Monty Hall problem

There is a famous problem that was presented in the American television game show Let's Make a Deal. In the show there is a part where the host presents a probability puzzle for the contestant. What makes this puzzle interesting is that the answer is a bit counter-intuitive at first. Yet, even when explained and proven, some still are not convinced by the answer. This problem is the Monty Hall Problem.

With this post I will show a way to get the correct answer to the puzzle by implementing it. Then simulating the puzzle enough times to have an answer without complicated math.

The puzzle

Consider three closed doors. Behind one of them is a nice car and the other two are zonks - or something else of no value. The host asks you to pick one of the three doors which you think is the car. Once picked, the host will pick one door one of the other doors which contains a zonk and reveal it. This leaves you with two doors and you have the option to stick with your choice, or pick the other door. What should you do?

This is where it puzzle becomes interesting, what has the highest probability? To stick with your original choice, or to switch to the other door?

So, how would you go about to calculate this? You could do the formal math and of course come to a solution. But there are other ways to find the correct answer without needing a university degree. Another approach is to use Computer Simulation and repeat the puzzle many times. Doing this enough times the average will converge to the correct solution.

Programming the Puzzle

Let us first setup the problem a bit. We have a set of doors, a correct one and a way to pick a door. Moreover, we need to be able to perform a second choice. We can write this in code as follows.

<?php
class MontyHall
{
    private $doors;
    private $door_with_prize;

    public function __construct()
    {
        $this->doors = [1, 2, 3];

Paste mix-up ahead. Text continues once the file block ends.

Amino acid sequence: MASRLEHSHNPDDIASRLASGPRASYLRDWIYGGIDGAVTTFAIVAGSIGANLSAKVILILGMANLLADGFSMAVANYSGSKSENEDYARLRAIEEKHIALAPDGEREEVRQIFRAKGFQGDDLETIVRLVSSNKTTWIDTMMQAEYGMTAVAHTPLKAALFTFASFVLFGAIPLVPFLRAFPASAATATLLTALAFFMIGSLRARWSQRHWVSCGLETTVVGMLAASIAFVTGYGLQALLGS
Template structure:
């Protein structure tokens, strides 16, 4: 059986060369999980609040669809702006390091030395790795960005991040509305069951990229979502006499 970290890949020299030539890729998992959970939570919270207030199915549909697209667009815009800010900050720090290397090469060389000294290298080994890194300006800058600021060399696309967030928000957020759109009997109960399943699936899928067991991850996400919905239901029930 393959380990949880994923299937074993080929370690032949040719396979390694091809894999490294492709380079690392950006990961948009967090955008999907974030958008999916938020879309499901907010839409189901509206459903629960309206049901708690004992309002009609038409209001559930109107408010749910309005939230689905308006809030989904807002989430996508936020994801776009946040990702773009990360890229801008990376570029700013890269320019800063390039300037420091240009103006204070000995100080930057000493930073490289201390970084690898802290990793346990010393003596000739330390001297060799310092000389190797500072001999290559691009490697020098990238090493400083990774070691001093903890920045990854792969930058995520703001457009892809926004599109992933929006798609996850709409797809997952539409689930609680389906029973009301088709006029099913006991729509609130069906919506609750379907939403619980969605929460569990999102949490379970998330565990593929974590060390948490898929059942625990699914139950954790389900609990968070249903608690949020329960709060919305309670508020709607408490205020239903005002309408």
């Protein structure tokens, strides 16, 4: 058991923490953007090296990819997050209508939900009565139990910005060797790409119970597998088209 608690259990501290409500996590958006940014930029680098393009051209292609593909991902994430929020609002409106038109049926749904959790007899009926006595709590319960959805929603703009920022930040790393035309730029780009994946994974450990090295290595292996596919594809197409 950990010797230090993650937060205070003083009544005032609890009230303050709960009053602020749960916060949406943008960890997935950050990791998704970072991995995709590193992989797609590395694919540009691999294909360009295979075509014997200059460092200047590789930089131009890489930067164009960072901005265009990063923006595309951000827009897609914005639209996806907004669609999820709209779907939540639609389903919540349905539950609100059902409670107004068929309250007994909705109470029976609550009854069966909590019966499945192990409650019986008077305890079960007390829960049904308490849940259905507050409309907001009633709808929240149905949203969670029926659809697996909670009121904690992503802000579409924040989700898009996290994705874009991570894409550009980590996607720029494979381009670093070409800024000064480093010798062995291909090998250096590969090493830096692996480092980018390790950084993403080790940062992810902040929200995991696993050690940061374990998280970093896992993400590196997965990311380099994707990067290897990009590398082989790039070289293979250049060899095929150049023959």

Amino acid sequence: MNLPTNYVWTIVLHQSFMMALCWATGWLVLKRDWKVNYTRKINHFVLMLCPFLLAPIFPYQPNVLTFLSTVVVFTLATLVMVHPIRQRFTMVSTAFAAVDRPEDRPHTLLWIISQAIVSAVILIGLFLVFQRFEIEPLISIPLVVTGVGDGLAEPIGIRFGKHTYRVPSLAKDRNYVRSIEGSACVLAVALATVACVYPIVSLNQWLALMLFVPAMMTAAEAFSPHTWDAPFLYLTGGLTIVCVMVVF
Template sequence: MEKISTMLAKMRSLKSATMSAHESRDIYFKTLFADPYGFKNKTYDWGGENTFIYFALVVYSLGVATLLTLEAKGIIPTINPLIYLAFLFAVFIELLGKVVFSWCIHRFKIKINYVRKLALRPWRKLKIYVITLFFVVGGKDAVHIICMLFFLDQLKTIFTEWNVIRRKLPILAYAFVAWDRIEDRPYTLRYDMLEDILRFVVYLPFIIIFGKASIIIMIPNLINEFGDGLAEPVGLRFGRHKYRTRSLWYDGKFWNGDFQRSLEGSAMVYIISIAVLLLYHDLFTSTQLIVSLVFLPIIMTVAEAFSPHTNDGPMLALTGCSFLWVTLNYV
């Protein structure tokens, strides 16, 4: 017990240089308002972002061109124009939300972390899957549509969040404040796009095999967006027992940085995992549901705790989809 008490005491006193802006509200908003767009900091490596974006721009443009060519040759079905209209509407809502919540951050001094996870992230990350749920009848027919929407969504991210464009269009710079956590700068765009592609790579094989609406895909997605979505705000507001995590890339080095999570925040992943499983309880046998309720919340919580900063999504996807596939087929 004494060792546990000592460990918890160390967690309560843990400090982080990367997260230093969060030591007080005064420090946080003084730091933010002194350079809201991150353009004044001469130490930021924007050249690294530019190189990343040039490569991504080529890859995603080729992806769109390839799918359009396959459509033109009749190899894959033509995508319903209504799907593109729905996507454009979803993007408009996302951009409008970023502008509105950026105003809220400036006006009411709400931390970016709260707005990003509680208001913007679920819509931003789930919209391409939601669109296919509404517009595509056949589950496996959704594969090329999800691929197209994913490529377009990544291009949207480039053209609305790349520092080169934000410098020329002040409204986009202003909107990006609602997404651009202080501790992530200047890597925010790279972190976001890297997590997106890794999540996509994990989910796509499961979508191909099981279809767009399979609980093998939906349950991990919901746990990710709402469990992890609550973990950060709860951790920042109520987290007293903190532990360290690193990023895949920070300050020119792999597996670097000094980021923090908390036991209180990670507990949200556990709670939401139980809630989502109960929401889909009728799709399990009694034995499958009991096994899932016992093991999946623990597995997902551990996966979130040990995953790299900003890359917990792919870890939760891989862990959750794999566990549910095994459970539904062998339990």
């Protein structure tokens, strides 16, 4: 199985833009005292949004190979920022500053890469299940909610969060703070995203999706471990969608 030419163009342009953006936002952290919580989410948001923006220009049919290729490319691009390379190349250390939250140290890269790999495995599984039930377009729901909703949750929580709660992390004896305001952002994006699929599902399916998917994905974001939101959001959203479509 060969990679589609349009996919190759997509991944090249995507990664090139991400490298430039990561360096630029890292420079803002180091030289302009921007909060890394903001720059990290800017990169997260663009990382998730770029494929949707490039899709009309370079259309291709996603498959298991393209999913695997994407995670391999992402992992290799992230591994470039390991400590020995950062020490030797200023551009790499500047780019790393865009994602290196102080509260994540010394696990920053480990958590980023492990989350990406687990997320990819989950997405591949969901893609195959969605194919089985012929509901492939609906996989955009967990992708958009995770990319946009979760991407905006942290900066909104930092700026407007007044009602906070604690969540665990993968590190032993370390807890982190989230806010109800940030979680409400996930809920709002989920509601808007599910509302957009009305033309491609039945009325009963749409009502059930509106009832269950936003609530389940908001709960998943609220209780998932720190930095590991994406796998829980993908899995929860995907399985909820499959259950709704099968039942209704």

$this->door_with_prize = random_int(1, 3);
    }

    public function pick(int $choice, callable $second_pick): bool
    {
        // Play the game.
        return true;
    }
}

$problem = new MontyHall();
$problem->pick(random_int(1, 3), function (array $doors) {});

Note here that we are assuming random_int(1, 3) is truly random. PHP does do a good job of having a real random value but it remains pseudo-random. But, for the sake of this example, it is good enough.

This is also a nice encapsulation example. From the outside (i.e., from an instance of MontyHall) you cannot see the correct answer. The only way to find out is to call ::pick() and see if it was correct.

Anyhow, there is still the implementation of the pick method. A simple way would be to pick a random door which is not the one picked and then the correct one. Then remove this door from the options and use it for the second choice. If this choice returns the correct door, return true else false. This could look like so, where we pick a random door for the second choice.

<?php
class MontyHall
{
    // ...

    public function pick(int $choice, callable $second_pick): bool
    {
        $doors = $this->doors;

        // Pick a random door until we have a 'zonk' which was not the picked door and not the prize door.
        do {
            $zonk = random_int(1, 3);
        } while ($zonk === $choice || $zonk === $this->door_with_prize);

        // Remove the zonk.
        unset($doors[array_search($zonk, $doors)]);

        // Check the result of the second pick.
        return $this->door_with_prize === $second_pick($doors);
    }
}

$problem = new MontyHall();
$problem->pick(random_int(1, 3), function (array $doors) {
    shuffle($doors);

    return array_pop($doors);
});

Running the simulation